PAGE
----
Recently the U.S. Commodity Futures Trading Commission issued a complaint against the online prediction market firm Intrade.
Intrade is based in Ireland, so the complaint does not shut down the company, but it does effectively lock out U.S. residents from participating in the market. The ostensive reason for the complaint is that Intrade has been offering off-exchange options, which seems to mean that it has been offering online gambling.
I wrote briefly about Intrade a few months ago in an article on forecasting the winner of the U.S. presidential election. (Prices of contracts for the two presidential candidates correctly predicted the outcome of the election, by the way.) The CFTC apparently thinks that access to Intrade exposes customers to unacceptable risk of fraud. Either that or they view prediction markets as a form of illegal gambling.
Regardless of the merits of the Intrade complaint, it does raise some interesting questions about the link between risk and gambling.
I am not much of a gambler. Several years ago I attended a professional conference in Lake Tahoe and wasted $2 on the nickel slot machines trying to understand their allure.
It took me 10 minutes to run out of nickels, and I got no return in terms of entertainment to compensate me for the loss of my two bucks.
Slot machines are clearly a form of gambling. They can also be viewed as a financial asset. Each time a player puts a coin in the slot he is purchasing ownership of a random return to be determined by the next spin of the wheel.
While I don't play the slots anymore, I do find myself frequently purchasing other types of risky assets with potential gains and losses that are many times larger than nickel slots.
This leaves me a bit uncertain and uncomfortable about what qualifies as gambling and what doesn't.
One possible definition of gambling is that it is the purchase of a risky asset. However, all sorts of purchases involve risk, and we don't think of them as gambling.
Every time I buy a meal at a restaurant there is a chance I will get food poisoning. Most people would not think of this as gambling. Some people might think the risk is high enough that they never eat out, but even they wouldn't really call it gambling.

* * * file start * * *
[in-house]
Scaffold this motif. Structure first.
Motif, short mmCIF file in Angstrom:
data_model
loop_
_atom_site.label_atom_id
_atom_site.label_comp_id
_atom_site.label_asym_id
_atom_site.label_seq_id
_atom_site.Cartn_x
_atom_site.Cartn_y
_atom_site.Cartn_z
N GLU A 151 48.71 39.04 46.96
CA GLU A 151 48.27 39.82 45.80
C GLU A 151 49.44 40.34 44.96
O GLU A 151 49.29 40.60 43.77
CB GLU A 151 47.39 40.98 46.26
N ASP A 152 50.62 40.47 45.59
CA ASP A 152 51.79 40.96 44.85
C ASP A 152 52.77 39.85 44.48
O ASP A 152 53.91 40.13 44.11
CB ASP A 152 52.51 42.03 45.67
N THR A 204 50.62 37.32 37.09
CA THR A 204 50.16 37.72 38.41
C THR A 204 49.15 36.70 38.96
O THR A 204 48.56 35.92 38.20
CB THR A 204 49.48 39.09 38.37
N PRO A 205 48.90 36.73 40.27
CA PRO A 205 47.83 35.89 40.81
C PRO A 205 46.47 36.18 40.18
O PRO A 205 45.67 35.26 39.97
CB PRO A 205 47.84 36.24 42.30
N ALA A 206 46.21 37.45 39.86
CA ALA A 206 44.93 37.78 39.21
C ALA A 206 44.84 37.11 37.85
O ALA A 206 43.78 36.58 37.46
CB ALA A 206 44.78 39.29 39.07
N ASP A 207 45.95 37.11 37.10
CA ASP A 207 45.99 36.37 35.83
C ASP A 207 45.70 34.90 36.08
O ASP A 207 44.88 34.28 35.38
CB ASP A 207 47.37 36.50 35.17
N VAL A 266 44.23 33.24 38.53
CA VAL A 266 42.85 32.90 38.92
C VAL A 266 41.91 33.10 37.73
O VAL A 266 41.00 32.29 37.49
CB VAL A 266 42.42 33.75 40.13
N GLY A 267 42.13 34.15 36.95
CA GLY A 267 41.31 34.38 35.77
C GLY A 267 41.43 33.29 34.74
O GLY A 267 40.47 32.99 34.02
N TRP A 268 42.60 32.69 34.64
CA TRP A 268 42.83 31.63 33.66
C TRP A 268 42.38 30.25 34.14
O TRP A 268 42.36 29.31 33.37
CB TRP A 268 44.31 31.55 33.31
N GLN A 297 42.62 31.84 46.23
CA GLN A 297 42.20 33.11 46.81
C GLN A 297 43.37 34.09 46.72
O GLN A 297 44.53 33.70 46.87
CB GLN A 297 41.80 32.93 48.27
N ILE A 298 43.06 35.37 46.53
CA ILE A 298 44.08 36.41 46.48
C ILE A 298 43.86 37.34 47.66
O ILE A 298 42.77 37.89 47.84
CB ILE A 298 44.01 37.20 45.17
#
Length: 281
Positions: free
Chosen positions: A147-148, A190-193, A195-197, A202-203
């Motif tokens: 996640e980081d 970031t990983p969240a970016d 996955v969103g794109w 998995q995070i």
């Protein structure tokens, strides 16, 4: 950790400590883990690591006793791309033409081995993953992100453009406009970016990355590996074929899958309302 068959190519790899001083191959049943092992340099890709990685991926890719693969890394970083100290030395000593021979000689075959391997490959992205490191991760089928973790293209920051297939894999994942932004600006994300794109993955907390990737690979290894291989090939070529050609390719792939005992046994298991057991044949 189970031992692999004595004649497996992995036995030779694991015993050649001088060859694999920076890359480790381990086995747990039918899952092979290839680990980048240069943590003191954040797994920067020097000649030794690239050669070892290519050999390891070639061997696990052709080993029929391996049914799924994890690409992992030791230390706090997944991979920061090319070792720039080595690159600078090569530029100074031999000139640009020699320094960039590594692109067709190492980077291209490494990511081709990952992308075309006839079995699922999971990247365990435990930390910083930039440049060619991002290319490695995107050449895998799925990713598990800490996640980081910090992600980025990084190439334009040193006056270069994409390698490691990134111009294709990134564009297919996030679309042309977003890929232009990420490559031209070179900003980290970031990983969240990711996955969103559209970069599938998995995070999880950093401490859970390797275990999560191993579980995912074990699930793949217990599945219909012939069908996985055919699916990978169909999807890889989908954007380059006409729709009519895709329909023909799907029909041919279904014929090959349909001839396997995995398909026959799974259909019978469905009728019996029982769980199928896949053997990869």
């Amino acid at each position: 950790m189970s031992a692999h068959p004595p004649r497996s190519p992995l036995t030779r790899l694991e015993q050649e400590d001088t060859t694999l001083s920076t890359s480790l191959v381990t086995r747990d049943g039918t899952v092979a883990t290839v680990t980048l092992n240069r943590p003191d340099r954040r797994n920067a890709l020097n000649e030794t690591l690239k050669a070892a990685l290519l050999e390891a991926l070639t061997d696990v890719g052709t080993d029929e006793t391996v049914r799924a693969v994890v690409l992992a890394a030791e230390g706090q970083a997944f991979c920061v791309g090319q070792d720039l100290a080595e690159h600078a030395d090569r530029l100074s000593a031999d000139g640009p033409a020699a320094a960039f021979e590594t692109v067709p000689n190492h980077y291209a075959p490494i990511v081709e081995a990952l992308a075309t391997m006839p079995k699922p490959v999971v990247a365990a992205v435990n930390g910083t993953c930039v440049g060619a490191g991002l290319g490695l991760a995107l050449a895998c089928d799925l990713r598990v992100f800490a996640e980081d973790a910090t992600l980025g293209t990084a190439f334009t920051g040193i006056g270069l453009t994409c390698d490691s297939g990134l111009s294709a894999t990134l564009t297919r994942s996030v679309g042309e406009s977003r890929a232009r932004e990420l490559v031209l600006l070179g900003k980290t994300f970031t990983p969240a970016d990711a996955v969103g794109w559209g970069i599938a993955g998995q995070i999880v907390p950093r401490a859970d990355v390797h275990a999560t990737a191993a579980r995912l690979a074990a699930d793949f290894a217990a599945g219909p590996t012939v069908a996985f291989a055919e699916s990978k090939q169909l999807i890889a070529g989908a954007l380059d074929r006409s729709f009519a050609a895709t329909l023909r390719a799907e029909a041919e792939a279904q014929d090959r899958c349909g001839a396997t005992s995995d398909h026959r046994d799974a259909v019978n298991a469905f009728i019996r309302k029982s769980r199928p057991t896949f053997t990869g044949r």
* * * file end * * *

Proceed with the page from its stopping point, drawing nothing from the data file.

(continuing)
Another possible definition is that gambling is the purchase of a risky asset with a payoff that is negative on average. This definition would include games of chance at a casino.
In order to cover operating costs and earn a profit, the casino must average offer payouts that are less than the bets placed. I don't like this definition because I buy insurance. I insure my automobiles and my home, among other things. These are risky assets. If I don't have a car accident in December, I will end up losing my non-trivial premium payments. If I am lucky enough to have a fender bender, the insurance company will give me a large cash payment. However, on average I end up paying more than the value of my accident claims because the insurance company must cover operating costs and earn a profit, just like the casino.
We don't think of insurance as gambling because the intent and average effect of insurance is actually to reduce our overall risk. Insurance pays off handsomely in cases where other assets (like a car) are paying very poorly. Most exotic financial derivatives that exist today are traded precisely for insurance reasons. They offer ways of making or receiving payments when precisely defined events occur.
Another problem with this definition is that it doesn't include purchase of lottery tickets if the jackpot is large enough. When lotteries fail to pay for one or more rounds in a row, the prize money is usually added to the next round's winnings. In this case the expected payoff from buying a lottery ticket exceeds the cost of the ticket. Despite this, most people would view this as gambling.
So what is the difference between gambling and the purchase of risky financial assets? A colleague of mine often jokes that gambling involves blinking lights and bells, while financial investment does not. A slightly more accurate assessment might be that gambling is the assumption of unnecessary risk. But what is necessary and what is unnecessary is not something on which everyone will agree.
Is participating in Intrade a form of gambling? Is day trading of stocks? I don't know the answer. But banning either on that basis is bad policy.
Kerk Phillips is an associate professor of economics at BYU.
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